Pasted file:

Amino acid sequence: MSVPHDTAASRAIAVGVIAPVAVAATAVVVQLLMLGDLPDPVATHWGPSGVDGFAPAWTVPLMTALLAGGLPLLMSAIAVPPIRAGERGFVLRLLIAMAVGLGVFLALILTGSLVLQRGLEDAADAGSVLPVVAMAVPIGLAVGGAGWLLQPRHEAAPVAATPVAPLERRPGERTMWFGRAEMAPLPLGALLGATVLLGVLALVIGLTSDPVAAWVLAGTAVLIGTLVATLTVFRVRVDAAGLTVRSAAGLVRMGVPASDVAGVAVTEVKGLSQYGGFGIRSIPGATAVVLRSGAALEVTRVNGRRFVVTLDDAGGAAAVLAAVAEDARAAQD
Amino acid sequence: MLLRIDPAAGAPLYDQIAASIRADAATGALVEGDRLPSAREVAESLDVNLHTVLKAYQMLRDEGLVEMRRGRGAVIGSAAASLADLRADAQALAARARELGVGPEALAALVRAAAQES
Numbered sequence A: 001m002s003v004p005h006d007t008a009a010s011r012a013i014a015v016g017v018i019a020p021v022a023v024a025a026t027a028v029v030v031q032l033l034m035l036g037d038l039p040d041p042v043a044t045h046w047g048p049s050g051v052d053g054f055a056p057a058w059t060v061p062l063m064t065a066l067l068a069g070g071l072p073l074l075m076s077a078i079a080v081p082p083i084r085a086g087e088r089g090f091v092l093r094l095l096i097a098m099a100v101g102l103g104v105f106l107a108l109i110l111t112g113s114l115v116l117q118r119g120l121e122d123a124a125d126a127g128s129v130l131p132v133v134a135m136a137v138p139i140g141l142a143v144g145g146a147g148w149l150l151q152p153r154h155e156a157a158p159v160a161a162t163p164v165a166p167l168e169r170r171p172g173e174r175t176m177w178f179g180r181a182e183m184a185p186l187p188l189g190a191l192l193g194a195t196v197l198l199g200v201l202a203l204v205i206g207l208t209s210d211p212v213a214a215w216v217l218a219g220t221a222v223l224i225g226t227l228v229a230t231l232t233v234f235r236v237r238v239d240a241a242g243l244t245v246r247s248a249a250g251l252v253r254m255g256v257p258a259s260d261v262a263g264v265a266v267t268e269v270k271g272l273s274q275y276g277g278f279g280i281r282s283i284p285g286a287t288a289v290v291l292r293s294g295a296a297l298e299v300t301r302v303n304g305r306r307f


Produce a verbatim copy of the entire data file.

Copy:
Amino acid sequence: MSVPHDTAASRAIAVGVIAPVAVAATAVVVQLLMLGDLPDPVATHWGPSGVDGFAPAWTVPLMTALLAGGLPLLMSAIAVPPIRAGERGFVLRLLIAMAVGLGVFLALILTGSLVLQRGLEDAADAGSVLPVVAMAVPIGLAVGGAGWLLQPRHEAAPVAATPVAPLERRPGERTMWFGRAEMAPLPLGALLGATVLLGVLALVIGLTSDPVAAWVLAGTAVLIGTLVATLTVFRVRVDAAGLTVRSAAGLVRMGVPASDVAGVAVTEVKGLSQYGGFGIRSIPGATAVVLRSGAALEVTRVNGRRFVVTLDDAGGAAAVLAAVAEDARAAQD
Amino acid sequence: MLLRIDPAAGAPLYDQIAASIRADAATGALVEGDRLPSAREVAESLDVNLHTVLKAYQMLRDEGLVEMRRGRGAVIGSAAASLADLRADAQALAARARELGVGPEALAALVRAAAQES
Numbered sequence A: 001m002s003v004p005h006d007t008a009a010s011r012a013i014a015v016g017v018i019a020p021v022a023v024a025a026t027a028v029v030v031q032l033l034m035l036g037d038l039p040d041p042v043a044t045h046w047g048p049s050g051v052d053g054f055a056p057a058w059t060v061p062l063m064t065a066l067l068a069g070g071l072p073l074l075m076s077a078i079a080v081p082p083i084r085a086g087e088r089g090f091v092l093r094l095l096i097a098m099a100v101g102l103g104v105f106l107a108l109i110l111t112g113s114l115v116l117q118r119g120l121e122d123a124a125d126a127g128s129v130l131p132v133v134a135m136a137v138p139i140g141l142a143v144g145g146a147g148w149l150l151q152p153r154h155e156a157a158p159v160a161a162t163p164v165a166p167l168e169r170r171p172g173e174r175t176m177w178f179g180r181a182e183m184a185p186l187p188l189g190a191l192l193g194a195t196v197l198l199g200v201l202a203l204v205i206g207l208t209s210d211p212v213a214a215w216v217l218a219g220t221a222v223l224i225g226t227l228v229a230t231l232t233v234f235r236v237r238v239d240a241a242g243l244t245v246r247s248a249a250g251l252v253r254m255g256v257p258a259s260d261v262a263g264v265a266v267t268e269v270k271g272l273s274q275y276g277g278f279g280i281r282s283i284p285g286a287t288a289v290v291l292r293s294g295a296a297l298e299v300t301r302v303n304g305r306r307f